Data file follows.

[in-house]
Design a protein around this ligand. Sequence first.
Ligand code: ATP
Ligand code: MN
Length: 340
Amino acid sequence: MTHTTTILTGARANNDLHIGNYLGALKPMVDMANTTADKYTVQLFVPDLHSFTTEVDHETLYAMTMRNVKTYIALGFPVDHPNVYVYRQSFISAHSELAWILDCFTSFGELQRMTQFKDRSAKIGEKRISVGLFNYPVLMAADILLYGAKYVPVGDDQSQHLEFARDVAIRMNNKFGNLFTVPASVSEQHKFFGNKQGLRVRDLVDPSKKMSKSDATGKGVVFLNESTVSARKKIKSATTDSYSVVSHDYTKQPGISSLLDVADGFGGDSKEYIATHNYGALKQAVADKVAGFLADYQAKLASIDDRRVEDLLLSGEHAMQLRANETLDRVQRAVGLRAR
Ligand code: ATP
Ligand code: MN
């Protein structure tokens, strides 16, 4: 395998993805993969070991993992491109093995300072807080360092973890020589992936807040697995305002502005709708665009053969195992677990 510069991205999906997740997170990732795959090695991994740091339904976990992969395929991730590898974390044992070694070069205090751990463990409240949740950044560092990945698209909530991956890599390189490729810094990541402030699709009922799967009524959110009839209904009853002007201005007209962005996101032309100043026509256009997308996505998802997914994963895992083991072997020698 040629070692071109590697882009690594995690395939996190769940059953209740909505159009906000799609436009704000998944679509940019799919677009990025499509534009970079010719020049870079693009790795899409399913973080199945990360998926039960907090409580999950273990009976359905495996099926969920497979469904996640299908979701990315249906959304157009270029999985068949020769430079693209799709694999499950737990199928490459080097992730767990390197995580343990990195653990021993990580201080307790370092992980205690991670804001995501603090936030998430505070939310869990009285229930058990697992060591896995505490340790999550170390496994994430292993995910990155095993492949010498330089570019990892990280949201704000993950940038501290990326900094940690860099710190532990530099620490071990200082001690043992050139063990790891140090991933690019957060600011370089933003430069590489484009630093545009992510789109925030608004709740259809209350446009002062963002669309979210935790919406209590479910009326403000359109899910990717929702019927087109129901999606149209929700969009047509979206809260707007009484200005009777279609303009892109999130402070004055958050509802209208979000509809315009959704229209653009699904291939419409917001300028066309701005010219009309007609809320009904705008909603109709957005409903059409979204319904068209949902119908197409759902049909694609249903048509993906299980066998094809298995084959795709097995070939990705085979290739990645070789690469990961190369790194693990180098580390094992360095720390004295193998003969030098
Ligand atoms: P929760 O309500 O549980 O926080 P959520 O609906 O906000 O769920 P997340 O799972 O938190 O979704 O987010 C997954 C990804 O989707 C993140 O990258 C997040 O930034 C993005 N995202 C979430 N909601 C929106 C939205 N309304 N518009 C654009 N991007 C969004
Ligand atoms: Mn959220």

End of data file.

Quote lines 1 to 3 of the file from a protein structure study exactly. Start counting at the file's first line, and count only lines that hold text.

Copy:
[in-house]
Design a protein around this ligand. Sequence first.
Ligand code: ATP